What if all of Carlisle read and discussed one book? The Carlisle Reads title for 2016 will be No Man's Land: Preparing for War and Peace in Post-9/11 America. An exciting program of events is in the works for this winter, including a visit by the author, Elizabeth Samet, a professor of literature at West Point.
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2016 PICK: NO MAN'S LAND
This year's choice for the Carlisle "town read", No Man's Land, is a meditation on how best to educate future military officers. This brief characterization, however, does not do justice to the author's engaging writing style, her wide-ranging literary interests, the understanding she clearly displays of students and their thinking, and the anecdotes she supplies to elucidate her points. The book is short (~200 pages), profoundly thoughtful, and, despite its subject, basically apolitical. It offers questions, not answers, concerning its basic theme: that today's military is in unexplored territory and needs to be prepared to invent new solutions to the problems it will inevitably encounter.
The author, Elizabeth Samet, is a Professor of English at the United States Military Academy. She has taught at West Point for nearly twenty years, during some of which she directed the English literature class taken by all plebes (first-year students). For someone like me who has little familiarity with West Point and its academic offerings, it was fascinating to realize the breadth and depth of the literary curriculum that military cadets study. They read Plutarch, Homer, Dante, Shakespeare, Dickens, Walt Whitman, T. E. Lawrence, Arthur Conan Doyle, and Georges Simenon, to name only a few of the authors whose work Samet discusses. Left to their own devices, they read even more widely: J. K. Rowling's Harry Potter series, Robert M. Pirsig's Zen and the Art of Motorcycle Maintenance, and even Tolstoy's War and Peace. Like other college students, cadets choose a major, take part in seminars, and write undergraduate senior theses. They are educated, not simply trained.
Cadets, however, are not ordinary collegians. They are constantly mindful of what lies ahead – or what they believe lies ahead for each of them: combat, and more than that, combat command with its accompanying responsibilities for the lives of others. Samet examines the profound changes that occur in those graduates who do go into battle as well as the unease they encounter, in themselves and in others, when they return home. The disconnect between America's civilians and its military is a major source of concern for Samet, as it must be for thoughtful Americans everywhere.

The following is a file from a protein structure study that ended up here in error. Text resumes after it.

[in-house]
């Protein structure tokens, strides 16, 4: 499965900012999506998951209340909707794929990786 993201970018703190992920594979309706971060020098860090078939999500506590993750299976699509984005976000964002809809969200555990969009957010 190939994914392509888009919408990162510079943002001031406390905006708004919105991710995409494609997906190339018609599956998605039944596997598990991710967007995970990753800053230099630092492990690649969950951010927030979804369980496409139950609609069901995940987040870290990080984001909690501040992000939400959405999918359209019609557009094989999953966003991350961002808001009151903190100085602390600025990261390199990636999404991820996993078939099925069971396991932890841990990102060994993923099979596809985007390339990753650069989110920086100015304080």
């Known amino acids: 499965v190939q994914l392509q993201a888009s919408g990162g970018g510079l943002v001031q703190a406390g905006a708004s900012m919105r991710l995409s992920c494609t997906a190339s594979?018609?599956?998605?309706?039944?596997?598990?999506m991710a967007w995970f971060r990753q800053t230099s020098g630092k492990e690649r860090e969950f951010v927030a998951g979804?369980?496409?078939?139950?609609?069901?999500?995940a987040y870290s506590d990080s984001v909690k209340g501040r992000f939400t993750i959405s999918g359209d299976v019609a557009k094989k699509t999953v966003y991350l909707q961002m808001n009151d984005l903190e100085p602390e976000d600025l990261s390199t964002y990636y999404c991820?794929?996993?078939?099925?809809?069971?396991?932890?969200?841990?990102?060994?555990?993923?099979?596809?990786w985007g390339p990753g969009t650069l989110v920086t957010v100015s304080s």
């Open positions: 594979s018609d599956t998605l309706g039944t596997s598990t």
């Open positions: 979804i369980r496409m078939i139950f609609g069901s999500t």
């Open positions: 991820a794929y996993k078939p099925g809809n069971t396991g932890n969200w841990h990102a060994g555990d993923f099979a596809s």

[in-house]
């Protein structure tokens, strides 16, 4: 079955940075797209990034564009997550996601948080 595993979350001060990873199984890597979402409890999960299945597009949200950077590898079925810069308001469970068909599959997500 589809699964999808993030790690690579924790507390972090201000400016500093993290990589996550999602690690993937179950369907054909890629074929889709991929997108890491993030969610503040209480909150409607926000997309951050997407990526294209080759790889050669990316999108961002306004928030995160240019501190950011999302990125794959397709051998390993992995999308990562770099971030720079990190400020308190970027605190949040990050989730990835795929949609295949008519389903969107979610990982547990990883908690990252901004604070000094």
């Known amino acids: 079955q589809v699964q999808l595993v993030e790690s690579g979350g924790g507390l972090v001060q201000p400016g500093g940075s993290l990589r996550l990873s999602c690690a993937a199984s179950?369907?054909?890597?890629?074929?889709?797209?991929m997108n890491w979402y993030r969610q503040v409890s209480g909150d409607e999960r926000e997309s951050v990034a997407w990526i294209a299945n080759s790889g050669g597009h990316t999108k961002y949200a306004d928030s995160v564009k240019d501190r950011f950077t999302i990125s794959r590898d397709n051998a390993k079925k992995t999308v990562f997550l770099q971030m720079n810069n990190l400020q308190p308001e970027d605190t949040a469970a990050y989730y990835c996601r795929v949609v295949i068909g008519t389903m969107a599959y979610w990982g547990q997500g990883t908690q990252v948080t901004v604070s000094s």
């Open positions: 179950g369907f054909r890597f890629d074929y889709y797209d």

The experience that Samet anticipates for cadets matriculating now and in the near future is quite different from what they themselves expect. Most cadets, she writes, envision themselves as leading troops in battle soon after they are commissioned as second lieutenants. Samet, on the other hand, believes that today's wars will dwindle, and that a majority of young officers will find themselves assuming administrative jobs upon graduation. She wonders how "the U.S. military, but perhaps especially . . . the army–the service most strained over the last decade¬–[will tell] a story sufficiently convincing that the nation will understand the force's role and that the most promising soldiers and officers will decide to stay in. How, in other words, amid the vertigo of a postwar no man's land, will the army write its next chapter?"
Samet's book, like her earlier, prize-winning, Soldier's Heart, is peppered with literary, historical, and cinematic references. A brief list of the works from which she quotes at the start of each chapter gives a sense of the scope of her citations: "Edmund Blunden, Undertones of War (1928)", "Till the End of Time (RKO, 1946), directed by Edward Dmytryk", "E.M. Forster, Howard's End", "T.H. White, The Once and Future King", and "Thomas Hardy to John Addington Symonds, April 12, 1889". She finds relevance in classic films (The Best Years of Our Lives, The Blue Dahlia and Saving Private Ryan), in famous military campaigns (Hannibal's crossing of the Alps and Grant's ultimate defeat of Robert E. Lee), in plays (Henry V and Othello), in memoirs (Edith Wharton's Fighting France) and in novels (Virginia Woolf's Orlando, Joseph Heller's Catch 22, and Hilary Mantel's Wolf Hall). The eclectic nature of her literary allusions, and, in some cases, in-depth discussions, underlines her belief that the usefulness of an education cannot be assessed in advance. Because the future is unpredictable, preparation for it needs to be as broad and as all encompassing as possible.
Samet concludes her book with poignant reflections on two young officers who died in combat, both of whom she had known as students and had continued to correspond with after their graduations. She remembers them vividly, fondly, with tears but with open eyes. Her book is one that for me stands out as unique among the many I have read. I hope that you, as fellow Carlisle readers, will find in it food for much future thought.
If you have suggestions for future titles or programs, or if you'd be interested in helping to plan Carlisle Reads, please email Martha at email@example.com or ask at the Library any time.